Wetlands Protection Boosted By Purchase; Waituna, Toetoes Areas Now Linked
By THORNE, Dylan
THE Government has paid $1 million for 240ha of wetland and regenerating native forest in Waituna to ensure its protection as an important ecological area.
Conservation Minister Steve Chadwick said the land was a key addition to the Awarua/Waituna Wetland, as it links two internationally significant wetland blocks.
The $1 million block, bought last month by the Government- created Nature Heritage Fund, joins the Waituna Wetland Scientific Reserve with the large Toetoes Conservation Area, which form part of New Zealand’s largest internationally recognised wetland.
Less than 10 percent of New Zealand’s wetlands remain and they play an important role in flood control and water quality, as well as offering opportunities for recreation such as fishing, hunting and whitebaiting, bird watching and scenic strolling, Ms Chadwick said.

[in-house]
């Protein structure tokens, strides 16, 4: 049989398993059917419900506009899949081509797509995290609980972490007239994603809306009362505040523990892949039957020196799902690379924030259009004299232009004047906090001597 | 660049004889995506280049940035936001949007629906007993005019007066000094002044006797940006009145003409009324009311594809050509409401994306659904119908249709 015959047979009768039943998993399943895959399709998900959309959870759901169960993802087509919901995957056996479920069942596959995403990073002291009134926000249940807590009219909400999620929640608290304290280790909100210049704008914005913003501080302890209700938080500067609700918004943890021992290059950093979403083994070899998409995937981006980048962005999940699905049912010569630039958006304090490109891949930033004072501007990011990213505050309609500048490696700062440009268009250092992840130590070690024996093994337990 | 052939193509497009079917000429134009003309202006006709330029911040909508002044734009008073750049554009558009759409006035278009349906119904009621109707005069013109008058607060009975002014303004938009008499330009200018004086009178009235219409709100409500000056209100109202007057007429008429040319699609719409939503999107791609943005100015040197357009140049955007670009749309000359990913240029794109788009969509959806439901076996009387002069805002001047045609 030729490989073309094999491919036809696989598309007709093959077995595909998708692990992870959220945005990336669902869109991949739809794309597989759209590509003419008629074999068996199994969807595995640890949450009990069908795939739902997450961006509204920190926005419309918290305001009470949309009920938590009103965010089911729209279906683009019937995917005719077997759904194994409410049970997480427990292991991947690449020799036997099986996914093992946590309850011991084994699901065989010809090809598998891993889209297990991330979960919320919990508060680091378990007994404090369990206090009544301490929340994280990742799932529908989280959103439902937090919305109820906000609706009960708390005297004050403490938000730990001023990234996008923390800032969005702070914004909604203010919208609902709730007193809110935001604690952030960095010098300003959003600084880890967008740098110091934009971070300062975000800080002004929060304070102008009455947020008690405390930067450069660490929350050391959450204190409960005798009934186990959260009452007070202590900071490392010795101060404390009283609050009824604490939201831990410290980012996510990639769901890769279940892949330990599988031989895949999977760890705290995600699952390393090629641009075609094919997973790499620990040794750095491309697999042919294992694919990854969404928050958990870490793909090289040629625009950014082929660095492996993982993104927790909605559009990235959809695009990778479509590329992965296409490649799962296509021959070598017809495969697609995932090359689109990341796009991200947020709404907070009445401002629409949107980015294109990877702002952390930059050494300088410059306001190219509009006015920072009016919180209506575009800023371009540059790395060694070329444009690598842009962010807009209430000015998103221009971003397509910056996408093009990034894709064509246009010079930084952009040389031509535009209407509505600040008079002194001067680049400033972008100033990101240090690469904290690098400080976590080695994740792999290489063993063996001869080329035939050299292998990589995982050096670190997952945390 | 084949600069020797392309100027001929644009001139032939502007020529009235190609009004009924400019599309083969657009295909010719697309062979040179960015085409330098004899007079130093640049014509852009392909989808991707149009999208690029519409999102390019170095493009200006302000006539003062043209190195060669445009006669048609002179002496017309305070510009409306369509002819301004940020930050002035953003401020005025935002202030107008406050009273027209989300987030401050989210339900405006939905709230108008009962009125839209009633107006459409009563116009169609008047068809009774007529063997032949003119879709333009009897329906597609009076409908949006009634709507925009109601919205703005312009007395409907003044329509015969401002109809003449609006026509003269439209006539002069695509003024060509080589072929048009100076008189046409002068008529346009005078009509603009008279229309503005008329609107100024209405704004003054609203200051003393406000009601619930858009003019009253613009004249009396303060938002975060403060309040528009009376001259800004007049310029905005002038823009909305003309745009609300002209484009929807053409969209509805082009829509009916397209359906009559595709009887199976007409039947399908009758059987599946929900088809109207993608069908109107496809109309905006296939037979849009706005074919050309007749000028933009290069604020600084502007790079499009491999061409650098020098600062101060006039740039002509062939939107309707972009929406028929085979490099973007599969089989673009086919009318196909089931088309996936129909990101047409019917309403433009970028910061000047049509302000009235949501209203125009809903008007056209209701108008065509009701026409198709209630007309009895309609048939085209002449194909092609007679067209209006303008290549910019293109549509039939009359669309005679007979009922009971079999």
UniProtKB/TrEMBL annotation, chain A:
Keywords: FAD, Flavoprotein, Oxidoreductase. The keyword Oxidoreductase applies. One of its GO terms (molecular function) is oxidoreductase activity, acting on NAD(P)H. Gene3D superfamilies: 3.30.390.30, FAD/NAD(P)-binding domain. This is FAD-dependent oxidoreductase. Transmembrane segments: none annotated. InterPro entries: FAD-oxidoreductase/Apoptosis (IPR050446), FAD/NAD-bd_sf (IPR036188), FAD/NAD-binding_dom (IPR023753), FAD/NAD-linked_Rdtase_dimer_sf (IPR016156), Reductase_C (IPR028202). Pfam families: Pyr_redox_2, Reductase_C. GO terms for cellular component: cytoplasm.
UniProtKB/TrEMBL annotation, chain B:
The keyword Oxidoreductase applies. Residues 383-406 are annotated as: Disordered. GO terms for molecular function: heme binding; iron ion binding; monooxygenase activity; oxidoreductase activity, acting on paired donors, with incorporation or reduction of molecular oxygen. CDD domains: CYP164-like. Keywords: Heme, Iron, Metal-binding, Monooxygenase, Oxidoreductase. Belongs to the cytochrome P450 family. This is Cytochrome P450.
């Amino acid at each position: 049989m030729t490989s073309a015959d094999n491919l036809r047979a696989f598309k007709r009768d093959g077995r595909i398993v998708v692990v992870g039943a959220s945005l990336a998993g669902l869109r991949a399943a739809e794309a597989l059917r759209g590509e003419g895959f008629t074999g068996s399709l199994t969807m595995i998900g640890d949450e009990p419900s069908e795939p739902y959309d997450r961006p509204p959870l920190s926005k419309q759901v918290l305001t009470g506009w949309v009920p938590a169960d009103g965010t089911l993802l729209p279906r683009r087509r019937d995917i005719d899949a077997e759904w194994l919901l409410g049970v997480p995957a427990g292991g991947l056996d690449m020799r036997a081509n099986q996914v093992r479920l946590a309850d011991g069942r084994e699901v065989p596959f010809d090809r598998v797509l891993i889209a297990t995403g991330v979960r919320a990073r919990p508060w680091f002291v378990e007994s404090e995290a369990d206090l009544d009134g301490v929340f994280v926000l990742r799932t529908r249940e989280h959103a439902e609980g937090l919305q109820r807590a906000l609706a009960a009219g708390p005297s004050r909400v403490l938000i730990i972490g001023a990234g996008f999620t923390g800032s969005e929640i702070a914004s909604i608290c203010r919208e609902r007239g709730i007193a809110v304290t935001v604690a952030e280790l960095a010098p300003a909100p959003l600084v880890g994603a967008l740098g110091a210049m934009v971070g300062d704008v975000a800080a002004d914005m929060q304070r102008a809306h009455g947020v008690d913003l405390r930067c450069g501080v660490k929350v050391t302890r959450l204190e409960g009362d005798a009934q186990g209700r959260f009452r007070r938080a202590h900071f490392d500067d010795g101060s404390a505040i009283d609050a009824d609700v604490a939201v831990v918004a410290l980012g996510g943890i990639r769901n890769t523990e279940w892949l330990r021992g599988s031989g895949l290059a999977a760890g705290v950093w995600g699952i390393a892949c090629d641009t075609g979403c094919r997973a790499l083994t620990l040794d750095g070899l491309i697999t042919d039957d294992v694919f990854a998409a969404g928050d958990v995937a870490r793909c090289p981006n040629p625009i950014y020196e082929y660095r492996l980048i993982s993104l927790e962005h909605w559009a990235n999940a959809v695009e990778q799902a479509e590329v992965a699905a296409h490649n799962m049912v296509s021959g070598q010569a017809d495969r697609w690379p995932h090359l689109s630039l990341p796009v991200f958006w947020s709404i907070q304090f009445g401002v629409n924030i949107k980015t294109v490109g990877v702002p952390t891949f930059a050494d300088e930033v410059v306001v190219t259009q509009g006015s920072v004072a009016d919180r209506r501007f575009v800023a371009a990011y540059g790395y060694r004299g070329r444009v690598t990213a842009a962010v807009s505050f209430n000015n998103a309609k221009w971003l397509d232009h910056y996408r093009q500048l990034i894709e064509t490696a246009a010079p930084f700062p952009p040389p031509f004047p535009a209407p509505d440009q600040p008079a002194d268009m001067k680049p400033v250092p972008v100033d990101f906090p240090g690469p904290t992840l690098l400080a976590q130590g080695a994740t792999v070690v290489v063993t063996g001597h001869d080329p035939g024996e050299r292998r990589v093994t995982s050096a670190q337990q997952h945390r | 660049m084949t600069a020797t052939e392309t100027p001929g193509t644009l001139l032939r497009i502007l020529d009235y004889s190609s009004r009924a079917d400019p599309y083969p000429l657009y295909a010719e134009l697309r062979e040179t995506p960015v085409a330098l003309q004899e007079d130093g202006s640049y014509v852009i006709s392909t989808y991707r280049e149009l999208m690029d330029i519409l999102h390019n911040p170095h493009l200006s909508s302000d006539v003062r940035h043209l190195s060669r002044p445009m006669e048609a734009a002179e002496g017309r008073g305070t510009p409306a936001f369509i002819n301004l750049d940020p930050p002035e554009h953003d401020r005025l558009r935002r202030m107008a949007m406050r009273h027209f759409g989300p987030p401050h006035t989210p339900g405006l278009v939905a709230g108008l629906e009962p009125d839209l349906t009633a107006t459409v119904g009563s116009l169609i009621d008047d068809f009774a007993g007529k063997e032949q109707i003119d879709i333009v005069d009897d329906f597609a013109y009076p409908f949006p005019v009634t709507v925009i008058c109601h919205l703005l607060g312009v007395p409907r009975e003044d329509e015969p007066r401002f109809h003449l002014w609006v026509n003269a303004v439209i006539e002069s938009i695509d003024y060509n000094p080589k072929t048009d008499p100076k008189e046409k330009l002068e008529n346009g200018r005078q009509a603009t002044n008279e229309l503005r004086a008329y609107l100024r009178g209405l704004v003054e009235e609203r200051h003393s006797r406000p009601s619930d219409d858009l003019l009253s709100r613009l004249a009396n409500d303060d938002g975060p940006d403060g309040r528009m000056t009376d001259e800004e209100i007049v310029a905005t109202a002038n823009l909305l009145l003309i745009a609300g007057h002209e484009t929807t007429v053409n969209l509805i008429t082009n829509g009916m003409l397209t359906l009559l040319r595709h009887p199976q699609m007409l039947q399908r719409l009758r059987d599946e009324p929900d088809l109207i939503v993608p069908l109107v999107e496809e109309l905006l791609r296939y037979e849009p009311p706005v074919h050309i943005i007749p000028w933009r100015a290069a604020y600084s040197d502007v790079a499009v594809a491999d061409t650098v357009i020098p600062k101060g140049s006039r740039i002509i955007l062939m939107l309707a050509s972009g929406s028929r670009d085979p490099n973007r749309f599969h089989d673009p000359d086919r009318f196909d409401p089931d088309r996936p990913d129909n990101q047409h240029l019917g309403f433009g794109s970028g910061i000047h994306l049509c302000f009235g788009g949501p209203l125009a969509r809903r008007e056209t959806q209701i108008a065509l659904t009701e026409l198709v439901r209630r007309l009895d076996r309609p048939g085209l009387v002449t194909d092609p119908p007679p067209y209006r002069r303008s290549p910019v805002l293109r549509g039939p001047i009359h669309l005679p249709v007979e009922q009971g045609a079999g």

A third of New Zealand’s freshwater fish lived in wetlands and many endangered plants were dependent on them.
“This area’s ecosystem is a mosaic of different communities and it is imperative these outstanding natural qualities are protected for the future,” she said.
“I see this as a substantial ecological investment in Southland which will protect threatened flora and fauna and allow the area to return and remain in its natural state.” The Nature Heritage Fund provides financial assistance to public agencies and private individuals to purchase or covenant land with high conservation values. The area purchased will be managed by the Department of Conservation.
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